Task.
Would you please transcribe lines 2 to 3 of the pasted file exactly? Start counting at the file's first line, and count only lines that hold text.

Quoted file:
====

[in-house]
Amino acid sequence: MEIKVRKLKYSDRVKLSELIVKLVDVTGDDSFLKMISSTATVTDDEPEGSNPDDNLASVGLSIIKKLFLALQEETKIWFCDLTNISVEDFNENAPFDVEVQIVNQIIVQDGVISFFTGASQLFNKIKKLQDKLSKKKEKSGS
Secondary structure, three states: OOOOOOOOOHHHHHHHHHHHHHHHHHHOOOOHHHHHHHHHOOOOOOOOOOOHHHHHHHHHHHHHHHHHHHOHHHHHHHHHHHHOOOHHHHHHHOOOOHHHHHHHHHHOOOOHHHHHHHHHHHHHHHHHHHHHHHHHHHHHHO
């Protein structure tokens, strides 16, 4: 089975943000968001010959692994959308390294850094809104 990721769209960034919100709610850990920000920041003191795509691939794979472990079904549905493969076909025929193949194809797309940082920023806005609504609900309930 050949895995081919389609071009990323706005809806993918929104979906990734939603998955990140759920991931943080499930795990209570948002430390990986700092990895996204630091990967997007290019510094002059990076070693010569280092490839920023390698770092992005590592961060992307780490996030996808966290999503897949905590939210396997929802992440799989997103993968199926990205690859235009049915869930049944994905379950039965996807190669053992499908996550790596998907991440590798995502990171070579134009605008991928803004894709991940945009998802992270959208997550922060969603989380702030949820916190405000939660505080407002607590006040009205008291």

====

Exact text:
Amino acid sequence: MEIKVRKLKYSDRVKLSELIVKLVDVTGDDSFLKMISSTATVTDDEPEGSNPDDNLASVGLSIIKKLFLALQEETKIWFCDLTNISVEDFNENAPFDVEVQIVNQIIVQDGVISFFTGASQLFNKIKKLQDKLSKKKEKSGS
Secondary structure, three states: OOOOOOOOOHHHHHHHHHHHHHHHHHHOOOOHHHHHHHHHOOOOOOOOOOOHHHHHHHHHHHHHHHHHHHOHHHHHHHHHHHHOOOHHHHHHHOOOOHHHHHHHHHHOOOOHHHHHHHHHHHHHHHHHHHHHHHHHHHHHHO